There are essentially three kinds of updates to a document on disk. The first, and most efficient, takes place when only a single value is updated and the size of the overall BSON document doesn’t change. This most commonly happens with the $inc operator. Because $inc is only incrementing an integer, the size of that value on disk won’t change. If the integer represents an int it’ll always take up four bytes on disk; long integers and doubles will require eight bytes. But altering the values of these numbers doesn’t require any more space and, therefore, only that one value within the document must be rewritten on disk.

The second kind of update changes the size or structure of a document. A BSON document is literally represented as a byte array, and the first four bytes of the document always store the document’s size. Thus, if you use the $push operator on a document, you’re both increasing the overall document’s size and changing its structure. This requires that the entire document be rewritten on disk. This isn’t going to be horribly inefficient, but it’s worth keeping in mind. If multiple update operators are applied in the same update, then the document must be rewritten once for each operator. Again, this usually isn’t a problem, especially if writes are taking place in RAM. But if you have extremely large documents, say around 4 MB, and you’re $pushing values onto arrays in those documents, then that’s potentially lot of work on the server side.[11]

11 It should go without saying that if you intend to do a lot of updates, it’s best to keep your documents small.

The final kind of update is a consequence of rewriting a document. If a document is enlarged and can no longer fit in its allocated space on disk, then not only does it need to be rewritten, but it must also be moved to a new space. This moving operation can be potentially expensive if it occurs often. MongoDB attempts to mitigate this by dynamically adjusting a padding factor on a per-collection basis. This means that if, within a given collection, lots of updates are taking place that require documents to be relocated, then the internal padding factor will be increased. The padding factor is multiplied by the size of each inserted document to get the amount of extra space to create beyond the document itself. This may reduce the number of future document relocations.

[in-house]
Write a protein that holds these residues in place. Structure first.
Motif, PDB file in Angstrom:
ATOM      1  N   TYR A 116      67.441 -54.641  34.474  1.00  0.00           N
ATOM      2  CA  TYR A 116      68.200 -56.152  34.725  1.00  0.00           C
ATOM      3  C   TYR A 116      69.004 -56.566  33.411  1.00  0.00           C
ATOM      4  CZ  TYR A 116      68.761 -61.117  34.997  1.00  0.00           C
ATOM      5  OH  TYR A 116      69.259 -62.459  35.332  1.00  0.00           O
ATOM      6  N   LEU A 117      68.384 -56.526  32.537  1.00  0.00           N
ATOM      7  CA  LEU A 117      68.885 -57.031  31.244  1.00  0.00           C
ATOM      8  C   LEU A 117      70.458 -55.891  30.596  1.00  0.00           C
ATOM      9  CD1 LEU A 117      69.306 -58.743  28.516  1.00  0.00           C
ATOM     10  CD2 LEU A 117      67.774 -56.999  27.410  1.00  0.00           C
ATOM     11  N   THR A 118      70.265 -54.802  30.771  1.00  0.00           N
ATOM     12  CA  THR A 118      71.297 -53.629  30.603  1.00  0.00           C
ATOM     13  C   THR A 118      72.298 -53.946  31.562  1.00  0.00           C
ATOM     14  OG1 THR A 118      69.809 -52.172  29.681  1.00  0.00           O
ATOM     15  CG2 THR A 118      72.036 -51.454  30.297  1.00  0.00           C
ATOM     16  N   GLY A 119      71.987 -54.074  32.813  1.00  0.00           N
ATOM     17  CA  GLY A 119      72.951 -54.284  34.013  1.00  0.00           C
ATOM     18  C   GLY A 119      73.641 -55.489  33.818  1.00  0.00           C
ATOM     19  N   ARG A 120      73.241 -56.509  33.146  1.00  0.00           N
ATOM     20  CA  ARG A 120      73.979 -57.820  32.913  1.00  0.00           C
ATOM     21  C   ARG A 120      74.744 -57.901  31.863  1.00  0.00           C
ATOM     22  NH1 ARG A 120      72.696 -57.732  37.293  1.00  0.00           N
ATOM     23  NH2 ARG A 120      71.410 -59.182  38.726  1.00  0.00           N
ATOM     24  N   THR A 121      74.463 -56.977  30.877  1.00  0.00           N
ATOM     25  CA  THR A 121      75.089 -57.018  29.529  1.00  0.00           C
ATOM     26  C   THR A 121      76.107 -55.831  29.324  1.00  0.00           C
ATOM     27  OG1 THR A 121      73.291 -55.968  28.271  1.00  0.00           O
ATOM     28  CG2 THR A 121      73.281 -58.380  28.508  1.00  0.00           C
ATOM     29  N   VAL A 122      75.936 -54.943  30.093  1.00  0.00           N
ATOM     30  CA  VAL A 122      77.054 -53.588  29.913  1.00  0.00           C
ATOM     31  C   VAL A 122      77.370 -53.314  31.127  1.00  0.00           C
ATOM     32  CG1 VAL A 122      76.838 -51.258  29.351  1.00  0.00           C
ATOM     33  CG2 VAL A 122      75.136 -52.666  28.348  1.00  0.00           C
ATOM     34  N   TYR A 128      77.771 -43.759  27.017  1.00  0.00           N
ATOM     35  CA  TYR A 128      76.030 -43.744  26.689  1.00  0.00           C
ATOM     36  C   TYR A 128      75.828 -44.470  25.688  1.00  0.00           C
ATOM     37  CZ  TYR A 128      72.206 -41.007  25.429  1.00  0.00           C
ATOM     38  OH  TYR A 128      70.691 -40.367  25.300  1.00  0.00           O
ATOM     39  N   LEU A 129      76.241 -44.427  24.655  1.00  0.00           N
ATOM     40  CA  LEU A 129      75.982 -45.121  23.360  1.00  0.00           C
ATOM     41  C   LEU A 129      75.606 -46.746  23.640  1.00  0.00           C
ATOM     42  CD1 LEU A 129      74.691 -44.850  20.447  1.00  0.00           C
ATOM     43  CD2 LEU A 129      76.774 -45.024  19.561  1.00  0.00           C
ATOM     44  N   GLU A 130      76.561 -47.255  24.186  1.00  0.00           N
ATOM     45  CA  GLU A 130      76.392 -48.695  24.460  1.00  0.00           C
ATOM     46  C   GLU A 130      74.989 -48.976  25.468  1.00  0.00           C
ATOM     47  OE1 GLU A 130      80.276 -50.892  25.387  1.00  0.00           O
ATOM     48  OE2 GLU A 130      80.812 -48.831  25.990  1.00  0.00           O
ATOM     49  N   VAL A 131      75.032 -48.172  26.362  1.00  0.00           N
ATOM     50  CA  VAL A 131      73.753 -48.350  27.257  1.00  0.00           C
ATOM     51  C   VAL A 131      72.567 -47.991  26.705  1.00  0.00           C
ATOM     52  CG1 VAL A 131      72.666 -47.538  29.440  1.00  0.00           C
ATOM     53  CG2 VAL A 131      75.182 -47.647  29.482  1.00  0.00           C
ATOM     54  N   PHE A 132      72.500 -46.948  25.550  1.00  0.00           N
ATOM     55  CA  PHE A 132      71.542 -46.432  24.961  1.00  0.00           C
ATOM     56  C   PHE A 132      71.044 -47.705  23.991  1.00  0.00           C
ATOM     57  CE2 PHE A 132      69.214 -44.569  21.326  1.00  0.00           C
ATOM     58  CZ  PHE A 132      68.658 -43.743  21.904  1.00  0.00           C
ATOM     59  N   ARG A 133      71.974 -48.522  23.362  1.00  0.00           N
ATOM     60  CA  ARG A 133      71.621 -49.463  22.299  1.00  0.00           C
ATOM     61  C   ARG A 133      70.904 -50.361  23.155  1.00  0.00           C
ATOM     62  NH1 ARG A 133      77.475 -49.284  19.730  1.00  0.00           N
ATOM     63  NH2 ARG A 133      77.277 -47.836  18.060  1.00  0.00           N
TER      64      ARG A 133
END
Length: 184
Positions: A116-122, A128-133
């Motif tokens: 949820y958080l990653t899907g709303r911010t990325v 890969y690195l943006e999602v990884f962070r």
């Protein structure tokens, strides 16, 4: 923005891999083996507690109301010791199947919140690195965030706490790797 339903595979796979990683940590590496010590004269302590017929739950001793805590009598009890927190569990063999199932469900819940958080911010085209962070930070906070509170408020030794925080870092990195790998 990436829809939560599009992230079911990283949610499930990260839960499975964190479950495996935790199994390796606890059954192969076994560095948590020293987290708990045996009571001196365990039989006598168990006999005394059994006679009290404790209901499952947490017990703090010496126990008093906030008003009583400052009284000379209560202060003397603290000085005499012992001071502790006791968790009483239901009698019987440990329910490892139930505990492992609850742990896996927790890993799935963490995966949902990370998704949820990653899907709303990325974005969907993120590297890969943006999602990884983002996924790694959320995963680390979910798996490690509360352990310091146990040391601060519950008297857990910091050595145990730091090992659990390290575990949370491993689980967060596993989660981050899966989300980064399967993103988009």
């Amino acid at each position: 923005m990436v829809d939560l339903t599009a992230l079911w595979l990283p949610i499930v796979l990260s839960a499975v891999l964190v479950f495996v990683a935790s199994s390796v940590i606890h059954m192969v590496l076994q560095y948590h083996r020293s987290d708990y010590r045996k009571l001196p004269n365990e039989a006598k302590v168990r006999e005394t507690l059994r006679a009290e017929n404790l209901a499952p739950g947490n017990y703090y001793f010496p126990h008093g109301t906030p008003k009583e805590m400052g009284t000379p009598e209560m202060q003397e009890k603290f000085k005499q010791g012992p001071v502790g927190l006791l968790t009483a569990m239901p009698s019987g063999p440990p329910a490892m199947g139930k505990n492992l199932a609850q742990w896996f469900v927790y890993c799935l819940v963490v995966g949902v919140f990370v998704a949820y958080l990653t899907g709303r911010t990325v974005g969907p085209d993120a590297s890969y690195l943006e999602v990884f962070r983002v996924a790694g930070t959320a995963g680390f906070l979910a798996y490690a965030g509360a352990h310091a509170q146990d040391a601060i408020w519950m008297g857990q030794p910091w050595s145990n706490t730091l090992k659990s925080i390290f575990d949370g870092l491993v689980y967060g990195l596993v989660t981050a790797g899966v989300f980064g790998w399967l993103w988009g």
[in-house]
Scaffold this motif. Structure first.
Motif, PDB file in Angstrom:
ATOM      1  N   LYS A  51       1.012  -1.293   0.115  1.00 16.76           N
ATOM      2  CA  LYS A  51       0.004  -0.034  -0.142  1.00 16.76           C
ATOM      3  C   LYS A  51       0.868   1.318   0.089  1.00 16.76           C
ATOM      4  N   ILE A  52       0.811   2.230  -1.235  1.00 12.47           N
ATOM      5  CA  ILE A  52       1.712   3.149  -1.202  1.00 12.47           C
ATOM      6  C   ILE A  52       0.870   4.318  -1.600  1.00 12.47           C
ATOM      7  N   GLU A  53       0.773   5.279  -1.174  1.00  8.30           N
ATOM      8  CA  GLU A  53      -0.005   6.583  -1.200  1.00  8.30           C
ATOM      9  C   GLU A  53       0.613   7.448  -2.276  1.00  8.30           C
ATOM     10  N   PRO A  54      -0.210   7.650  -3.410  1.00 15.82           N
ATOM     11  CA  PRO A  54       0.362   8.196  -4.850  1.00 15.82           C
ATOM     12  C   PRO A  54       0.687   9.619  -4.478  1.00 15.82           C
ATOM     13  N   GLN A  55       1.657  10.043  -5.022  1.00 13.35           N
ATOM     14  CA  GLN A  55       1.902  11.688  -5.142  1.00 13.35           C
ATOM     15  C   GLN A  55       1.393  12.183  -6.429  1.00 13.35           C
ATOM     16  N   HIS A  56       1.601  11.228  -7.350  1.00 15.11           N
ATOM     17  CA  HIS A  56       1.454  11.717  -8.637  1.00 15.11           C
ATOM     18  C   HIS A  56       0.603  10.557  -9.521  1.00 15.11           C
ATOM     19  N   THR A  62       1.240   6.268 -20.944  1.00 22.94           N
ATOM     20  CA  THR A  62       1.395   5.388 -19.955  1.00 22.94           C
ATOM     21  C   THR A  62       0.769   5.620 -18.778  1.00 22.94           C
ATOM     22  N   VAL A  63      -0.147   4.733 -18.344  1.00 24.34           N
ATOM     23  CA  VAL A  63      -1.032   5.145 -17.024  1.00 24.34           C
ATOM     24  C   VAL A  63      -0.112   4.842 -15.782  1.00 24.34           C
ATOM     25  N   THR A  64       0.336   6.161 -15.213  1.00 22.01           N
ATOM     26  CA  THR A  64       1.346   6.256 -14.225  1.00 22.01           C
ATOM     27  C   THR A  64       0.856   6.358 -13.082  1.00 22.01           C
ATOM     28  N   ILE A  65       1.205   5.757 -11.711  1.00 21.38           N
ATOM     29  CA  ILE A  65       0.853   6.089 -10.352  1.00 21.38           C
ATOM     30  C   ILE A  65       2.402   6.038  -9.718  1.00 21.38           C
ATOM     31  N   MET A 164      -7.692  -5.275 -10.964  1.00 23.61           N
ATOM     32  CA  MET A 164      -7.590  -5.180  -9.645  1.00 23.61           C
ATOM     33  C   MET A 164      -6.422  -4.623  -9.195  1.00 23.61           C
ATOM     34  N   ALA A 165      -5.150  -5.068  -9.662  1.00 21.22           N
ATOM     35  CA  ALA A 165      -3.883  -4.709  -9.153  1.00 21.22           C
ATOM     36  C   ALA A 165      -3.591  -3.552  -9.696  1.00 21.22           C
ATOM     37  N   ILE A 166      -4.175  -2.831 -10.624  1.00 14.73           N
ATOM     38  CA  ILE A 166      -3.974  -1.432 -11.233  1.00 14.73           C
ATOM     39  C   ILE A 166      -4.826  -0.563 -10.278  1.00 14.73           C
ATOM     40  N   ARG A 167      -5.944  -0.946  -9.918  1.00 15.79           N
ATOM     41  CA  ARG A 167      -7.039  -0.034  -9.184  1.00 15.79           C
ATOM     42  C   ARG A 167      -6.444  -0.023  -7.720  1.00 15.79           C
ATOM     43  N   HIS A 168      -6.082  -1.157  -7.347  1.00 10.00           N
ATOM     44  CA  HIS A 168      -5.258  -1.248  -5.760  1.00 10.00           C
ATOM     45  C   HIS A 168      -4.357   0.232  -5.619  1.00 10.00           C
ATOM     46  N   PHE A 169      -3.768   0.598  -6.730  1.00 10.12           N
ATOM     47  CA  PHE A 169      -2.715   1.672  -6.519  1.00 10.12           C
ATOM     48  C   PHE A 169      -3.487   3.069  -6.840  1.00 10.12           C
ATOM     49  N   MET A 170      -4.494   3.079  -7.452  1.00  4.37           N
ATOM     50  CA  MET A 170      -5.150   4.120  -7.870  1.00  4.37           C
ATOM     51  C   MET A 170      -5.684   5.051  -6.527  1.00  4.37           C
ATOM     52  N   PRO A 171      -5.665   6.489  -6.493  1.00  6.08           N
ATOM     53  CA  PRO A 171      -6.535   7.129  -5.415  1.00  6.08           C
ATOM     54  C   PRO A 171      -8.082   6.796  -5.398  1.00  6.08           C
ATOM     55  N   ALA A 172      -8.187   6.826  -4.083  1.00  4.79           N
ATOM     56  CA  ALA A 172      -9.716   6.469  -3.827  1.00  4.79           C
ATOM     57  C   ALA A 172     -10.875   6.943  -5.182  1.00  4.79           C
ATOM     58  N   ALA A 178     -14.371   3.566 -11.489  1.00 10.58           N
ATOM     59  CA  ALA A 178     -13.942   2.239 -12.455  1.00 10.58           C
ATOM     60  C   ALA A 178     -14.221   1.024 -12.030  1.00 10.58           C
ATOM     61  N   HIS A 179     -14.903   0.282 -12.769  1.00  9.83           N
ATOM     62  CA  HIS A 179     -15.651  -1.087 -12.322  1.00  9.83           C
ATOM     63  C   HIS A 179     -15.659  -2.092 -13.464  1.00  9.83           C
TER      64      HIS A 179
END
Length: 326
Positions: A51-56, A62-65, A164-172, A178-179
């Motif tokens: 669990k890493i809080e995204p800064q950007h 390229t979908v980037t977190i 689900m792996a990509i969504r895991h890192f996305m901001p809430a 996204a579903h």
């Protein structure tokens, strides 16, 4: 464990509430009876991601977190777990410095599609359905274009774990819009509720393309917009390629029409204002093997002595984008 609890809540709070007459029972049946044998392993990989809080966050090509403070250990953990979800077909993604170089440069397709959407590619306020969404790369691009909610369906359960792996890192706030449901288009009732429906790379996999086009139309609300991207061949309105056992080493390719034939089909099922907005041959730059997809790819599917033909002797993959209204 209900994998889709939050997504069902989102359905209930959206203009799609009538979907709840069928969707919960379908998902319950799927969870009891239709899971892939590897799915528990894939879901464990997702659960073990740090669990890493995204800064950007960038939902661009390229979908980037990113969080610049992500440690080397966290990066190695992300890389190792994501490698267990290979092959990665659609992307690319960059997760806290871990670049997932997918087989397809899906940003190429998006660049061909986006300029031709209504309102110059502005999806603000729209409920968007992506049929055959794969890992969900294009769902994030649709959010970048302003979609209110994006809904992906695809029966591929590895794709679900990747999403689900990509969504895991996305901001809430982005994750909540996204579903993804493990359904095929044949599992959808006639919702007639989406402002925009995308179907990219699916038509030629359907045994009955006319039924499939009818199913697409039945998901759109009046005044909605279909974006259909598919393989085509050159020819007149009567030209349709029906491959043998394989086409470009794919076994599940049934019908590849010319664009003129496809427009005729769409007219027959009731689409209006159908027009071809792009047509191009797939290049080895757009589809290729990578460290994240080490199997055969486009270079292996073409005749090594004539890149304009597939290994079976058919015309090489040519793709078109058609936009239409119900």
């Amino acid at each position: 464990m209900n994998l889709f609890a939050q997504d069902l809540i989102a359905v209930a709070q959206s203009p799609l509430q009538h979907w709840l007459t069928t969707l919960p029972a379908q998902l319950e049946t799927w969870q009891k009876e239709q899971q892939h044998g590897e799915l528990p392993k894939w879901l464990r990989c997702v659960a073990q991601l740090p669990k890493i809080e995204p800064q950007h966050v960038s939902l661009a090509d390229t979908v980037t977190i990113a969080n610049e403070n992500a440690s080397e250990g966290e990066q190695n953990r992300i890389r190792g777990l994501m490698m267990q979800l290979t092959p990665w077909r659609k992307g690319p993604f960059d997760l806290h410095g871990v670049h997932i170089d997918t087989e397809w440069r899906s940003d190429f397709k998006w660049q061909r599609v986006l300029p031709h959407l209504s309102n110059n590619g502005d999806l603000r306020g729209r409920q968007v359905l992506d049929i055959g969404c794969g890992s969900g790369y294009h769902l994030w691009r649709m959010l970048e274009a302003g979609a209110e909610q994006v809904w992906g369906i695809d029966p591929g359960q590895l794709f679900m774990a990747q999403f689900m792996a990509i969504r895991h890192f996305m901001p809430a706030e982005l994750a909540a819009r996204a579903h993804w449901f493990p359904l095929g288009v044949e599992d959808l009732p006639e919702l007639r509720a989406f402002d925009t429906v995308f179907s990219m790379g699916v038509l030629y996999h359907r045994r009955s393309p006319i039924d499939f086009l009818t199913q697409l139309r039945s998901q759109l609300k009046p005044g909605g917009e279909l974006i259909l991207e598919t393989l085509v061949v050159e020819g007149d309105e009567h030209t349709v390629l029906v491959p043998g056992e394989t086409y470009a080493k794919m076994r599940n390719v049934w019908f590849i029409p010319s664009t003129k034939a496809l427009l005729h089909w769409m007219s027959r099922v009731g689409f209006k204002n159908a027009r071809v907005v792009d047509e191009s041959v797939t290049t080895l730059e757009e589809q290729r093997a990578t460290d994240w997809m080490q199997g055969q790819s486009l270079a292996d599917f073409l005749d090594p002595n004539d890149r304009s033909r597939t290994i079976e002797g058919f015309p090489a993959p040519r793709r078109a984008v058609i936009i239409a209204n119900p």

To see a given collection’s padding factor, run the collection stats command:

  "ns" : "twitter.tweets",
  "count" : 53641,
  "size" : 85794884,
  "avgObjSize" : 1599.4273783113663,
  "storageSize" : 100375552,
  "numExtents" : 12,
  "nindexes" : 3,
  "lastExtentSize" : 21368832,
  "paddingFactor" : 1.2,
  "flags" : 0,
  "totalIndexSize" : 7946240,
  "indexSizes" : {
  "_id_" : 2236416,
  "user.friends_count_1" : 1564672,
  "user.screen_name_1_user.created_at_-1" : 4145152
"ok" : 1 }

This collection of tweets has a padding factor of 1.2, which indicates that when a 100-byte document is inserted, MongoDB will allocate 120 bytes on disk. The default padding value is 1, which indicates that no extra space will be allocated.

Now, a brief word of warning. The considerations mentioned here apply especially to deployments where the data size exceeds RAM or where an extreme write load is expected. So, if you’re building an analytics system for a high-traffic site, take the information here with more than a grain of salt.

6.5. Summary

We’ve covered a lot in this chapter. The variety of updates may at first feel like a lot to take in, but the power that these updates represent should be reassuring. The fact is that MongoDB’s update language is as sophisticated as its query language. You can update a simple document as easily as you can a complex, nested structure. When needed, you can atomically update individual documents and, in combination with findAndModify, build transactional workflows.

If you’ve finished this chapter and feel like you can apply the examples here on your own, then you’re well on your way to becoming a MongoDB guru.